Innovation aids Table Tennis Vic to target casual players

Utilising a human-centred design-based innovation process, Vicsport has assisted Table Tennis Victoria (TTV) in a project aimed at engaging and connecting with casual table tennis players not currently a part of TTV’s membership.

Through a combination of anecdotal industry experience and formal research, TTV found almost 250,000 self-identified casual or informal table tennis players in Victoria. To find a way to approach this group, TTV submitted an Expression of Interest through ‘Vicsport Guiding Sport’, a program supported by Sport and Recreation Victoria which assisted sports requiring consultation services.

“Given the large number of people in question and their location state-wide across Victoria, we assumed that a traditional face-to-face initiative was unrealistic,” said Table Tennis Victoria CEO, Ritchie Hinton. “We were keen to explore modern ways in which consumers interact with the items they buy and the entities they buy from and imagined that any potential solution would be digital.”

Tom Dixon, Vicsport Participation and Innovation Manager, came on board to join TTV in targeting the group and gaining a deeper understanding of their motivations, habits and barriers to playing table tennis.

Dixon began by designing a survey that would focus on the thoughts and feelings of the casual table tennis player. The survey was promoted through Vicsport and TTV staff, social media channels, professional networks, key stakeholders and Table Tennis Australia (TTA) with results of the survey indicating where participants played, how often they play, who they play with and why they play.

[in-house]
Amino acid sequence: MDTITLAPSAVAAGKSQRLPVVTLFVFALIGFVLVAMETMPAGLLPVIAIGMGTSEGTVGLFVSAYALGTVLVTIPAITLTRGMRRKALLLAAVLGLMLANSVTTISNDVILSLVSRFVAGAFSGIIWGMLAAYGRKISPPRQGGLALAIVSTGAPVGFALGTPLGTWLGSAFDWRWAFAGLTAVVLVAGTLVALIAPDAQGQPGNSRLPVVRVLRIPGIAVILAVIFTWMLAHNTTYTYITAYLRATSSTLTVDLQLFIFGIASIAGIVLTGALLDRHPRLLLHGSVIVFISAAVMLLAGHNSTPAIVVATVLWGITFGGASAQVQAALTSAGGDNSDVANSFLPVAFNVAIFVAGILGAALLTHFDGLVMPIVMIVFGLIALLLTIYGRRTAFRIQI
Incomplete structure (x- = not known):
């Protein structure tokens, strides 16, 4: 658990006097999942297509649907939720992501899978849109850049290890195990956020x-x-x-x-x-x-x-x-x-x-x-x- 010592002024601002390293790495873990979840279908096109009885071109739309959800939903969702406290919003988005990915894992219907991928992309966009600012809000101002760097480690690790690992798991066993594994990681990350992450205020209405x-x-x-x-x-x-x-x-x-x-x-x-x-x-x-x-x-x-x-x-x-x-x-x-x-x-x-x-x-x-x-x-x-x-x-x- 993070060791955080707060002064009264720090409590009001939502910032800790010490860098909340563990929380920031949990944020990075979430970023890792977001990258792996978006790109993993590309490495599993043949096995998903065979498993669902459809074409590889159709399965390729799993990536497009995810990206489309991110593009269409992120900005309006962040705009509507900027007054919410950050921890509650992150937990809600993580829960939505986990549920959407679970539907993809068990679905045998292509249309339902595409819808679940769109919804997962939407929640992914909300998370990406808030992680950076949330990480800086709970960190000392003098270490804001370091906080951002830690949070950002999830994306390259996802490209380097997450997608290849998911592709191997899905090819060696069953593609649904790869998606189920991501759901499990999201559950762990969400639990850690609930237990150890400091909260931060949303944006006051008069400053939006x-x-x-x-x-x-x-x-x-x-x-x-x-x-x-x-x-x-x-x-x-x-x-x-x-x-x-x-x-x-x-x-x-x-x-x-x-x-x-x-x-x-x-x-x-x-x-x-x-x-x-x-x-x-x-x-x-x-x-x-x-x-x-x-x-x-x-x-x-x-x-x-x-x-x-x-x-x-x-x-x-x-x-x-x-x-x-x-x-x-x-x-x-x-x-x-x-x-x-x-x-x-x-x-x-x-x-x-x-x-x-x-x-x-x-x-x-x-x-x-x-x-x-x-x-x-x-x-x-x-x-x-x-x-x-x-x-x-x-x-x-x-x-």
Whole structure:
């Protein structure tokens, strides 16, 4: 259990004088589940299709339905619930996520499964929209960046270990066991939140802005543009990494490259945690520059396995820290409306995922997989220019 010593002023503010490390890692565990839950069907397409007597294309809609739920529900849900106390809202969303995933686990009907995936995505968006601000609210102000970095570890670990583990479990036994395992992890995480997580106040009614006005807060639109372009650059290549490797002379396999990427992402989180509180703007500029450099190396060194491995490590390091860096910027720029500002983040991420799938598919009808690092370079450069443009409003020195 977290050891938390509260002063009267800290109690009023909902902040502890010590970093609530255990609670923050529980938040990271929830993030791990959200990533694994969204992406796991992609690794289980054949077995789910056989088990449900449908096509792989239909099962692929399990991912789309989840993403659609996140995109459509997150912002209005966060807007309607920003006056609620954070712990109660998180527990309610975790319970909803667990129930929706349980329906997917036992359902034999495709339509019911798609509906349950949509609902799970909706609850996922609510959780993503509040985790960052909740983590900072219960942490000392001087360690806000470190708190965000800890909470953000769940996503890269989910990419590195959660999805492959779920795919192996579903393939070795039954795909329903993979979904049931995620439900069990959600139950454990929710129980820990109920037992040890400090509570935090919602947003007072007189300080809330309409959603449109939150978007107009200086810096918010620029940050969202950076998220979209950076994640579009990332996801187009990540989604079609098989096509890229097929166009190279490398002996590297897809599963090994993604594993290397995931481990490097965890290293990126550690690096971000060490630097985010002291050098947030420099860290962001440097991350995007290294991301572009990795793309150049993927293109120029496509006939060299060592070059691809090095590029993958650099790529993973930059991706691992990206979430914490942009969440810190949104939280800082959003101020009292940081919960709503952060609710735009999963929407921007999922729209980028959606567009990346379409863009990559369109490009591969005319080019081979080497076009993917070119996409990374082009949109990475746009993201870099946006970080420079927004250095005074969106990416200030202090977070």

“Human centred-design is a great process for sport to explore the desirability of new products and services,” said Dixon. “We can get creative, beginning with a survey and delve deeper via in-depth one-on-one interviews, thinking about potential solutions and ideas which can then be built upon to create value for the casual table tennis playing group.

“From the survey results, we found 86% of respondents were not part of a table tennis club. What also stood out were three key feelings people ‘use’ table tennis to obtain; confidence, joy and connectedness. Based on the research, we were also able to identify four personas within the casual table tennis player market.

“‘The Enthusiasts’ love the sport, want to play more, are likely aged 18-35, born overseas and enjoy competitive but social games. ‘The Sport Lovers’ love sport in general, are already part of a sport club, see table tennis as a game rather than a sport and play it casually but could be tempted to play more. The ‘Fun with the Family’ group has played before, are aged 34-55 and has an affection for table tennis but is not necessarily looking for more opportunities to play. Finally, ‘The Creative’ has played before and values the social aspect of playing but also enjoys creative pursuits and a creative challenge.

“While there is some overlap between the groups, each category presents different opportunities for TTV to consider when developing new products.”